The Daily Gamecock

Upperclassmen turn extraordinary experiences into Honors College senior theses

<p>Third-year Honors student Andrew Chen is gathering six to 10 hours of interviews from his grandmother, who is a midwife in rural China. He seeks to write a critical anthropology paper about birth, cultures and practices within China.</p>

Third-year Honors student Andrew Chen is gathering six to 10 hours of interviews from his grandmother, who is a midwife in rural China. He seeks to write a critical anthropology paper about birth, cultures and practices within China.

Third-year Honors student Andrew Chen was born in Greenville, South Carolina, but spent his middle and high school years living with his family and grandmother in China. Now, for his senior thesis, he's documenting his grandmother's stories as a midwife in rural China.

Through the Honors College senior thesis, upperclassmen such as Chen can create a research project where they highlight unique aspects of their education and personal identity.

Chen said he combined his interests in public health, social sciences and “traditional pre-med stuff” to create his major, interdisciplinary studies in bio-social health. His thesis, called “The Oral History of My Grandmother,” is inspired by the stories his grandmother told him of her time as an informal medical practitioner in China.

“It's a critical medical anthropology paper, about birth and cultures and practices in China,” Chen said. “It's very personally engaging because I get to document the stories of my family, and my grandma in particular, especially for a day when, you know, she might not be around anymore.”

Third-year Honors student Andrew Chen’s grandmother, who is a midwife in rural China. Chen encourages people to talk to their elderly family members to gather stories.

Chen’s plan is to collect six to 10 hours of interviews with his grandmother, translate them into English and present them in a website alongside pictures, with some of his writing and reflections on her. The 12-hour time difference between China and the U.S. is one of his challenges, he said.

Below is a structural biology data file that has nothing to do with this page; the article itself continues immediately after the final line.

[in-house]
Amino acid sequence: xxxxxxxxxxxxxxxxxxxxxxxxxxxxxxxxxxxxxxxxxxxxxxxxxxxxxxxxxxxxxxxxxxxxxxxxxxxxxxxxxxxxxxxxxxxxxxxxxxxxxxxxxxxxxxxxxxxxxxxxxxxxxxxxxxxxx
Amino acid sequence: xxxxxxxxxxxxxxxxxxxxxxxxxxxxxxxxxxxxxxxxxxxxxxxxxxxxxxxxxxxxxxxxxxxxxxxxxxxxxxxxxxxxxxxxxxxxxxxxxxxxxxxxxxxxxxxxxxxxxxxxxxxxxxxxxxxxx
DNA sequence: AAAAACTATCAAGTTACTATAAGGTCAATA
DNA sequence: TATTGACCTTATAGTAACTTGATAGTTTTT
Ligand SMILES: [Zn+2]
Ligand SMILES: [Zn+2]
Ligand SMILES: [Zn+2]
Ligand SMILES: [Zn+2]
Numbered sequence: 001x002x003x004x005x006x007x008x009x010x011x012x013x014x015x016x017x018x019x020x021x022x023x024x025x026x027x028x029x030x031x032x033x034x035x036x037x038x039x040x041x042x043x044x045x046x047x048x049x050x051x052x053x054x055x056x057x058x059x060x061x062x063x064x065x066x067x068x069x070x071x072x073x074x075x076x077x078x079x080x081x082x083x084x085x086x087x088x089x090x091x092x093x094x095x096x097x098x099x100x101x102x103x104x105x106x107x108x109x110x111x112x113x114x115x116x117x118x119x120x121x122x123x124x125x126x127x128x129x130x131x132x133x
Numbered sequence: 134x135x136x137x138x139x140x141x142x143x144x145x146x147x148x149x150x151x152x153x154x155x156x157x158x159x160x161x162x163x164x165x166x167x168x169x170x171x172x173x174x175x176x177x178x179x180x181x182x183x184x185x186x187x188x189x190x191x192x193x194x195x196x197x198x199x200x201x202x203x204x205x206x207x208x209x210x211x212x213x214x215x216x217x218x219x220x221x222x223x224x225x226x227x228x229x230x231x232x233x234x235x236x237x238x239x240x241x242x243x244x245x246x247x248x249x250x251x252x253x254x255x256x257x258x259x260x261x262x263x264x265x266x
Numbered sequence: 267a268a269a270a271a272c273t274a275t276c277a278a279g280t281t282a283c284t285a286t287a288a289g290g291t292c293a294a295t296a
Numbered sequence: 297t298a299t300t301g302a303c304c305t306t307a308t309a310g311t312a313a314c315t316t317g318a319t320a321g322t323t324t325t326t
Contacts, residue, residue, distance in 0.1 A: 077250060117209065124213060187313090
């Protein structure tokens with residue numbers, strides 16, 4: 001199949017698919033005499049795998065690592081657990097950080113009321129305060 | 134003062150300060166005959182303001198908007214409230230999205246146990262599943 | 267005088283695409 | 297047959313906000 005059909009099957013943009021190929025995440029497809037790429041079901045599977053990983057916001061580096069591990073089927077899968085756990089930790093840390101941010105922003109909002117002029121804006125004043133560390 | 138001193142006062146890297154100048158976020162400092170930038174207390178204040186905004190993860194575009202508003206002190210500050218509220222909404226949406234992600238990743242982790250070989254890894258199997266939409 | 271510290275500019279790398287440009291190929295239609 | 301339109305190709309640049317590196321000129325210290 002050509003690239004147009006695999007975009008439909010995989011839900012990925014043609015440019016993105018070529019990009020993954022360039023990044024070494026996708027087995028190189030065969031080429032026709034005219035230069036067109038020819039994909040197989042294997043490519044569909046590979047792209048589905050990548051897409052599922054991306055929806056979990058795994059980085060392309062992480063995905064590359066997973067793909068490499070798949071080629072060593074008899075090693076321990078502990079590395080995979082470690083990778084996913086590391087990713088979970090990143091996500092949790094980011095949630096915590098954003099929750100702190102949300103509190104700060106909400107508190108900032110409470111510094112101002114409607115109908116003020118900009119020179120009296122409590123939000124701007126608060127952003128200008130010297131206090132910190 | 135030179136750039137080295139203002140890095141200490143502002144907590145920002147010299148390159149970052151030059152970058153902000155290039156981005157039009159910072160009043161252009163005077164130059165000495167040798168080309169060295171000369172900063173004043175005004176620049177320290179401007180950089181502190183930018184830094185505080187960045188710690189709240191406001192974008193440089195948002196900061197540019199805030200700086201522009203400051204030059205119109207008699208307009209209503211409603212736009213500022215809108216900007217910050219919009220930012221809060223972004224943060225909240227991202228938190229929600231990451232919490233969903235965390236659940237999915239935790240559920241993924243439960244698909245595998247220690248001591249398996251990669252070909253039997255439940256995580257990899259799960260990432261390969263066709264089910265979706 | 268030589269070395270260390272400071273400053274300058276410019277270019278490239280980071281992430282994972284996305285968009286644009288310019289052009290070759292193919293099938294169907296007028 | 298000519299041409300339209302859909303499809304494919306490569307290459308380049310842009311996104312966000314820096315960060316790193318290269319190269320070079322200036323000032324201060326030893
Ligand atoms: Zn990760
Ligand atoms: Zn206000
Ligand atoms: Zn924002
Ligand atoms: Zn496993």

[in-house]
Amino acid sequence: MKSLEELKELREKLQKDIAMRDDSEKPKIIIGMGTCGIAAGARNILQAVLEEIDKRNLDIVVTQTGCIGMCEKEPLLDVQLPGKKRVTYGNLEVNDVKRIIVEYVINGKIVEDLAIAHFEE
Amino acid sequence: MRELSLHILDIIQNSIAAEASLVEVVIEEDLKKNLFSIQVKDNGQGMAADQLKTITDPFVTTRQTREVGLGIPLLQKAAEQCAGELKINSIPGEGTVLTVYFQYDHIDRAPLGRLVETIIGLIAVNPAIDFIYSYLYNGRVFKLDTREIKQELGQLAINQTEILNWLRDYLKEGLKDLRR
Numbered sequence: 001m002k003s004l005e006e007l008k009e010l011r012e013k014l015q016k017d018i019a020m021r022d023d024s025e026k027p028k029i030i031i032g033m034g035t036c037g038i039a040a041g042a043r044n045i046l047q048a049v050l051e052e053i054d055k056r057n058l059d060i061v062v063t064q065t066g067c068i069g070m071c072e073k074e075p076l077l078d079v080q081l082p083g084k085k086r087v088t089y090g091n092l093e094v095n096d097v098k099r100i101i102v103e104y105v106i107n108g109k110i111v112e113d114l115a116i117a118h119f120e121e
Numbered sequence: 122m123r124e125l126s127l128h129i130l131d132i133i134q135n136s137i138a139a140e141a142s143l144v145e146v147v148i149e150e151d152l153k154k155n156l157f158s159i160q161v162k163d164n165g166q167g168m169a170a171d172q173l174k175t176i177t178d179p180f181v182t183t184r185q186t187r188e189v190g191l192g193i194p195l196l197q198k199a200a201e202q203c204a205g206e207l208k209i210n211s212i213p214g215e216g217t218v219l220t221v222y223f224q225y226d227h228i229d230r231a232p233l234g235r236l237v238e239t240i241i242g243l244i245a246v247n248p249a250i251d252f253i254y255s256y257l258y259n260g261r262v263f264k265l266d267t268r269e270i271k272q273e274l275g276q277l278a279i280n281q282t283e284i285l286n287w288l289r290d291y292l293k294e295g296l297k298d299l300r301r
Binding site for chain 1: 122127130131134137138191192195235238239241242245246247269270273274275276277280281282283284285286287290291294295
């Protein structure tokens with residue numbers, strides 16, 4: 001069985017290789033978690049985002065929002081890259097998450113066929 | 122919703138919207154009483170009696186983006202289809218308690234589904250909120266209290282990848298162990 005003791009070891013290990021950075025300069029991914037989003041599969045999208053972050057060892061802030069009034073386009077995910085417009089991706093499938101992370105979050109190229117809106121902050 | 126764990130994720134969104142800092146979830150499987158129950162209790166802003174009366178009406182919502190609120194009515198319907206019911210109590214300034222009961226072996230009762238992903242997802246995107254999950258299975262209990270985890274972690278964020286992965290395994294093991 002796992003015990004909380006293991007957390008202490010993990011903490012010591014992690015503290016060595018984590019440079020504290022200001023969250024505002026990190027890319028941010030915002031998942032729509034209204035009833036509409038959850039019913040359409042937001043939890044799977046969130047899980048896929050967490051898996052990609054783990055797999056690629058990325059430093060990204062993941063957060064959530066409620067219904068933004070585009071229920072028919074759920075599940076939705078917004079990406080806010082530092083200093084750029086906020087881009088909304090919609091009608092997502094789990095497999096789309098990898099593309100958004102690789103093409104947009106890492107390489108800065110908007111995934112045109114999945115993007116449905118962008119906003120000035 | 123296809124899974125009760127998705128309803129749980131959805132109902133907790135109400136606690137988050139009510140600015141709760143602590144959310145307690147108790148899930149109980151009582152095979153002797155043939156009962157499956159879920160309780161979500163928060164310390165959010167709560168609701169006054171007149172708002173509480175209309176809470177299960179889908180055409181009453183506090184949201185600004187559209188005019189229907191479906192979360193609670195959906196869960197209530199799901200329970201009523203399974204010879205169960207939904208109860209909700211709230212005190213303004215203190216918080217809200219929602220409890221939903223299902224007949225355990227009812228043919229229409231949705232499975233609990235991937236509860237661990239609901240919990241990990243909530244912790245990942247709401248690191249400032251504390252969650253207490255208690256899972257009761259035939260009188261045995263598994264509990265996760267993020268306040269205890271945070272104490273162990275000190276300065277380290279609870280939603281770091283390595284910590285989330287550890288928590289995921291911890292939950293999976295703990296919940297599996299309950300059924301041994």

Now that he is older, Chen’s grandmother is open to sharing more about her past with him, such as the fact that she gave birth to three of her children completely unassisted.

This project has shown him the importance of hearing our ancestors’ stories.

“Who knows, maybe in 100 years or whatever, someone will pull out these recordings,” Chen said. “And it'll be just such a valuable resource.”

Chen describes his thesis as a vignette of his grandmother. He said he wants to encourage people to ask their elderly family members for stories, even if they aren’t recorded.

Savannah Allen, a third-year biological sciences Honors student and Chen's friend, emphasized how much his grandmother’s experiences influenced him.

“He’s just super interested about promoting that and bringing awareness to it in the U.S., especially when it comes to taking a social and cultural perspective of medicine,” Allen said.

Chen’s thesis also emphasizes the importance of qualitative data, he said.

“It's so valuable to remember that qualitative data has a huge place in everything, whether it be like, shaping medicine or just understanding our past,” Chen said.

The Honors thesis is an opportunity for students to draw from their personal lives and turn it into valuable research.

Evan Robinette, a fourth-year exercise science student, is another Honors student working on his senior thesis. His thesis is titled, “Examining the Effects of Vegan Diet on Osteoarthritis Pain Levels.”

Robinette said he struggles with osteoarthritis. He experimented on himself with a vegan diet to alleviate his symptoms before starting his thesis.

“I pretty strictly followed a vegan diet for five to six months,” Robinette said. “I did notice a change in my symptoms."

Members of the NEW Soul research team sit for a picture. From left to right: John Bernhart, Uriah Chapman, Bonita Clemons, Nkechi Okpara and Jordyn Livingston.

Robinette conducts his research through NEW Soul, a community intervention study run by the Arnold School of Public Health, examining the effects of a vegan diet on weight in the Columbia African American community, specifically the psychological links between overeating and stress. His personal angle on the study is osteoarthritis.

The participants meet weekly for classes and form a tight bond with each other and the community leaders, according to Robinette.

“That, in my opinion, is the strongest component of getting these people to adhere to the diet and stick with it,” Robinette said. “It's the communal and supportive aspect of it.”

Robinette used a scale for measuring the participants’ osteoarthritis symptoms. It included their "pain, symptoms, activities of daily living, sport and recreation and quality of life."

Members of the NEW Soul research team sit for a picture. From left to right: John Bernhart, Evan Robinette and Taylor Duncan.

“On average, all of the participants, from zero months to three months, experienced an improvement in all five of those categories” while on a vegan diet, Robinette said.

Hearing the testimonies from the study’s participants has been rewarding, Robinette said.

“I’ve just heard some really incredible stories about people who previously felt like they had lost hope, a little bit, in their own health status, or their ability to ambulate or move,” Robinette said.

Clarification (April 8, 2021, at 6:12 p.m.): The captions of the pictures of the NEW Soul research team were updated to add context to the photos.


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